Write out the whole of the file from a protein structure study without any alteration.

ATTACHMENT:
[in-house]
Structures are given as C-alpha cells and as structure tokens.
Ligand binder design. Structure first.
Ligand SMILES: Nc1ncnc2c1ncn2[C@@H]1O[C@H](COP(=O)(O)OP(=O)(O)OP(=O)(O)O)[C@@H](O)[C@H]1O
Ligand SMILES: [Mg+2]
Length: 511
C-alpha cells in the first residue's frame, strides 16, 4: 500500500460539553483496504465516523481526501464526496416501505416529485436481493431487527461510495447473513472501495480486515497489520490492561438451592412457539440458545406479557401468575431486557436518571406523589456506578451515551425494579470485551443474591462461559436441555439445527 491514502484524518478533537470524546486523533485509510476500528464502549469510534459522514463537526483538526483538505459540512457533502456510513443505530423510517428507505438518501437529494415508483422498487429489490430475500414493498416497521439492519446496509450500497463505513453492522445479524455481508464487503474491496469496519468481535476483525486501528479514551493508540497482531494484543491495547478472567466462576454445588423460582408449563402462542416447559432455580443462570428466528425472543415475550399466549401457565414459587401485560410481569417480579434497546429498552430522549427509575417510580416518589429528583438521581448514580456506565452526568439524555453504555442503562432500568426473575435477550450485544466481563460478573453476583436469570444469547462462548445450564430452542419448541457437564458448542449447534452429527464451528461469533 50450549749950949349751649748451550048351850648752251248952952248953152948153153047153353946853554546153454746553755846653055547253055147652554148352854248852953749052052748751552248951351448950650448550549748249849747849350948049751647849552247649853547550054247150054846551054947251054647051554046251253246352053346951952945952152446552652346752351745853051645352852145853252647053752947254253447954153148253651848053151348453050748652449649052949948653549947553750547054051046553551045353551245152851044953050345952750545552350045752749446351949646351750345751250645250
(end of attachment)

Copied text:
[in-house]
Structures are given as C-alpha cells and as structure tokens.
Ligand binder design. Structure first.
Ligand SMILES: Nc1ncnc2c1ncn2[C@@H]1O[C@H](COP(=O)(O)OP(=O)(O)OP(=O)(O)O)[C@@H](O)[C@H]1O
Ligand SMILES: [Mg+2]
Length: 511
C-alpha cells in the first residue's frame, strides 16, 4: 500500500460539553483496504465516523481526501464526496416501505416529485436481493431487527461510495447473513472501495480486515497489520490492561438451592412457539440458545406479557401468575431486557436518571406523589456506578451515551425494579470485551443474591462461559436441555439445527 491514502484524518478533537470524546486523533485509510476500528464502549469510534459522514463537526483538526483538505459540512457533502456510513443505530423510517428507505438518501437529494415508483422498487429489490430475500414493498416497521439492519446496509450500497463505513453492522445479524455481508464487503474491496469496519468481535476483525486501528479514551493508540497482531494484543491495547478472567466462576454445588423460582408449563402462542416447559432455580443462570428466528425472543415475550399466549401457565414459587401485560410481569417480579434497546429498552430522549427509575417510580416518589429528583438521581448514580456506565452526568439524555453504555442503562432500568426473575435477550450485544466481563460478573453476583436469570444469547462462548445450564430452542419448541457437564458448542449447534452429527464451528461469533 50450549749950949349751649748451550048351850648752251248952952248953152948153153047153353946853554546153454746553755846653055547253055147652554148352854248852953749052052748751552248951351448950650448550549748249849747849350948049751647849552247649853547550054247150054846551054947251054647051554046251253246352053346951952945952152446552652346752351745853051645352852145853252647053752947254253447954153148253651848053151348453050748652449649052949948653549947553750547054051046553551045353551245152851044953050345952750545552350045752749446351949646351750345751250645250